Glenn Beck: “If I Could Do Things Over Again I Would Be More Temperate On Everything That I Said”
MacNicol: When you talk about the tea party scene, the moment when Noah gets up on stage and pulls aside the guy with the T-shirt [it said “Jew-S-A”] and says, ‘this is why you aren’t being taken seriously,’ it reminded me of your CPAC speech.
Beck: Exactly right. That speech was again difficult to write. It could have been a whole book. It would have bored the snot out of people because there are so many points in there that I thought needed to be made from several different angles and it was, when he steps up the microphone and says that, it was the CPAC speech in a way. The problem is a lot bigger than you think it is. And part of it is, ‘you’re the problem.’ And in part of that, I’m saying to myself too.
“One of the things I don’t think Washington understands yet and New York doesn’t understand either is that people have been marketed to their whole life and they’re onto it. The marketing tricks don’t work anymore. They know. That’s why things don’t feel right in America, because it’s focus group and test-marketed. What people want is something that’s genuine. ”
Krakauer: There was another part, when Danny reflects on how some people took his words and have misconstrued them, and taken the negative elements of it. It seemed like there was some identification there too.
Beck: As our situation in our country becomes more and more serious, I think you’d have to, if you’re a responsible human being, I have taken inventory of my words over the last five, eight years. And if I could do things over again I would be more temperate on everything that I said only because, you know, people will misunderstand, or I will misspeak, or I will just say something stupid, or people will take out of context and twist. And that’s kind of what Danny was, part of the problem. And I think that’s true for all of us. We’ve all been part of the problem in one way or another. We just have to recognize that now and then do the right thing.
Krakauer: There’s some interesting takes on the PR world in here, specifically Noah’s walk through his father’s trophy case of PR wins. It seems you feel the world has a lot of power, but sometimes cynically so. I’m curious if this comes from any sort of experience you’ve had.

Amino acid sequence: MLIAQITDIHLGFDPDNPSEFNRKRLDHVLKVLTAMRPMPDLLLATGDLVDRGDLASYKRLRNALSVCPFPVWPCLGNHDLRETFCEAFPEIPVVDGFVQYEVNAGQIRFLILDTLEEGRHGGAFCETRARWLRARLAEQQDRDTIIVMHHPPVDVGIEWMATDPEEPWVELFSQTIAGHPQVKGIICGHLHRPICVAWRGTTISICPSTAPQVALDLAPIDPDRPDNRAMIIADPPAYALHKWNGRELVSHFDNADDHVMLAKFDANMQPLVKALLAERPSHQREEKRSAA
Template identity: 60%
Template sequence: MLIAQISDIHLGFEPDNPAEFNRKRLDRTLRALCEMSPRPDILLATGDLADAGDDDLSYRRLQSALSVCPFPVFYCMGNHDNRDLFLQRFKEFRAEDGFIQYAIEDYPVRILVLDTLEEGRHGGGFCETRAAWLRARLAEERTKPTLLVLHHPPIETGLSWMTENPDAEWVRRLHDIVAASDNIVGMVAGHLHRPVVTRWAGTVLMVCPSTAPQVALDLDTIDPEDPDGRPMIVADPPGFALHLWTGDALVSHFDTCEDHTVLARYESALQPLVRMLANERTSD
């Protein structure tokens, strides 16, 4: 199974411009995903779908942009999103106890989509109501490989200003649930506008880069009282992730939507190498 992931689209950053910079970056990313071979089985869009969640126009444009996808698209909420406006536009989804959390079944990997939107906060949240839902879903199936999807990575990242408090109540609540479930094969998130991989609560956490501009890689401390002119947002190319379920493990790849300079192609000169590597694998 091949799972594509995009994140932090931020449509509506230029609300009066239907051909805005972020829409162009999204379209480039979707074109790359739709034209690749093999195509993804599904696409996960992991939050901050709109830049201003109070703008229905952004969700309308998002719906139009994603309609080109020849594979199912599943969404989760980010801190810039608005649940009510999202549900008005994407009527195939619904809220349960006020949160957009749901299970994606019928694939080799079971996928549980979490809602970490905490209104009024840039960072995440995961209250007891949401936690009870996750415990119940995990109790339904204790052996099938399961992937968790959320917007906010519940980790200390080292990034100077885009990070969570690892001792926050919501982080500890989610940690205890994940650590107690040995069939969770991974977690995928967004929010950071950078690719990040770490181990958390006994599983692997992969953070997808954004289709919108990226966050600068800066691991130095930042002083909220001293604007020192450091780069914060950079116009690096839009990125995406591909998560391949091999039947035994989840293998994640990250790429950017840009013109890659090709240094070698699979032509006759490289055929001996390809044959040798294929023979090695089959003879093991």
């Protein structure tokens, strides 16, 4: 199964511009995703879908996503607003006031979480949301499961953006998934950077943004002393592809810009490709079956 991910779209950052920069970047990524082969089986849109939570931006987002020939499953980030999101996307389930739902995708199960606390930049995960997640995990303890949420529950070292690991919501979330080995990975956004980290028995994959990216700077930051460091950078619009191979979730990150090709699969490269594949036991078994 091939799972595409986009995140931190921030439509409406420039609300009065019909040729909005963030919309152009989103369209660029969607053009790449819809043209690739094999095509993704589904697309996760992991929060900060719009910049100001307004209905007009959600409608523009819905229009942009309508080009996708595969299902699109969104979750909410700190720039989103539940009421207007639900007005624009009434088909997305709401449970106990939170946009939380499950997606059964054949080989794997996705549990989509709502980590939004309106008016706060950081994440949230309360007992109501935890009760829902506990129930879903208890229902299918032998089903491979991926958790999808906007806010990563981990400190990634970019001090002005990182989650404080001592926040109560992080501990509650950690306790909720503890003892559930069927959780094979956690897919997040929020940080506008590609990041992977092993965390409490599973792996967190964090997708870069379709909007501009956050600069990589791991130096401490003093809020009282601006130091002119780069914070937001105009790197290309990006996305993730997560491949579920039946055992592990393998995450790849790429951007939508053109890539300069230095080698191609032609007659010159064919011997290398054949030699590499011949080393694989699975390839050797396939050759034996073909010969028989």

Beck: No, really I was looking for a place for a villain to be. It comes from Walter Lippmann, when he says there’s no such thing as public opinion, public opinion will be made. Basically – tell them what they want. I wanted to keep him away from Washington. One of the things I don’t think Washington understands yet and New York doesn’t understand either is that people have been marketed to their whole life and they’re onto it. The marketing tricks don’t work anymore. They know. That’s why things don’t feel right in America, because it’s focus group and test-marketed. What people want is something that’s genuine. And I thought the best way to go there and be able to point out the outside forces on Washington would be to go to a PR person as opposed to what, an evil banker? I didn’t want it to turn into an episode of 24.
MacNicol: I’m curious why you chose to set it in New York. New York is almost an extra character in the book, and it seems at times you have a love/hate relationship with New York City. So I’m curious, why place it here?
Beck: I’ve read that you have…said that. You guys are like the only people really that I read about me – everybody else is so boring and trite. My love/hate relationship with New York is puzzling to me because, doesn’t everyone have a love/hate relationship with this city? It is absolutely the best city in America and simultaneously a block away, someone is being stabbed to death. It is simultaneously the best city and the worst city in America. You can get the best of anything and worst of anything here. So, while I go through periods of uber-frustration in the day with this city, and mainly on a business level, whenever I get away from this city I love it. I just love it. My wife and I have talked about moving out west, and as much as I would love that, I’ve said to her we’d have to have a landing strip somewhere by us because I’d have to come back to New York. It’s just a great city, and simultaneously drives you out of your mind nuts.
(This has been edited for length and clarity.)
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